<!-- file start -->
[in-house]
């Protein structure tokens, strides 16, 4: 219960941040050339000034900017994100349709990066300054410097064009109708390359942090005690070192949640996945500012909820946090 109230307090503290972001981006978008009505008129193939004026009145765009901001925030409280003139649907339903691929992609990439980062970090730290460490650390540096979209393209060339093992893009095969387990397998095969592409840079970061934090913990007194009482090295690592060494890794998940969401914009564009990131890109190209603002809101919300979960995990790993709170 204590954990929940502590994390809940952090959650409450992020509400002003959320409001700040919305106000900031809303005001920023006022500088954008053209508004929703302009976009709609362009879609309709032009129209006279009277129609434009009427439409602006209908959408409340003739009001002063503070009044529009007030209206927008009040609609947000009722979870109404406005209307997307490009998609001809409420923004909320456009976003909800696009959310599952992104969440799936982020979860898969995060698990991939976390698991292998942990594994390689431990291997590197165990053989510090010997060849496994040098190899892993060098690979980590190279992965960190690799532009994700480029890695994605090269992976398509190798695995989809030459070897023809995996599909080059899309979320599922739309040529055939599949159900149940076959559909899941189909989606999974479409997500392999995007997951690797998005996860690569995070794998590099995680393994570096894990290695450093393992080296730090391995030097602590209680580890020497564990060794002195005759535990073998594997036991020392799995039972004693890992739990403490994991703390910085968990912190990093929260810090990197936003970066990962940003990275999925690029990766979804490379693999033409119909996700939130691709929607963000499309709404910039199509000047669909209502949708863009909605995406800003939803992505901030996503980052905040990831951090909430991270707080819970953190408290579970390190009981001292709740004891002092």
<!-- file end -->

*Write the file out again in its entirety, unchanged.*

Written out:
[in-house]
């Protein structure tokens, strides 16, 4: 219960941040050339000034900017994100349709990066300054410097064009109708390359942090005690070192949640996945500012909820946090 109230307090503290972001981006978008009505008129193939004026009145765009901001925030409280003139649907339903691929992609990439980062970090730290460490650390540096979209393209060339093992893009095969387990397998095969592409840079970061934090913990007194009482090295690592060494890794998940969401914009564009990131890109190209603002809101919300979960995990790993709170 204590954990929940502590994390809940952090959650409450992020509400002003959320409001700040919305106000900031809303005001920023006022500088954008053209508004929703302009976009709609362009879609309709032009129209006279009277129609434009009427439409602006209908959408409340003739009001002063503070009044529009007030209206927008009040609609947000009722979870109404406005209307997307490009998609001809409420923004909320456009976003909800696009959310599952992104969440799936982020979860898969995060698990991939976390698991292998942990594994390689431990291997590197165990053989510090010997060849496994040098190899892993060098690979980590190279992965960190690799532009994700480029890695994605090269992976398509190798695995989809030459070897023809995996599909080059899309979320599922739309040529055939599949159900149940076959559909899941189909989606999974479409997500392999995007997951690797998005996860690569995070794998590099995680393994570096894990290695450093393992080296730090391995030097602590209680580890020497564990060794002195005759535990073998594997036991020392799995039972004693890992739990403490994991703390910085968990912190990093929260810090990197936003970066990962940003990275999925690029990766979804490379693999033409119909996700939130691709929607963000499309709404910039199509000047669909209502949708863009909605995406800003939803992505901030996503980052905040990831951090909430991270707080819970953190408290579970390190009981001292709740004891002092």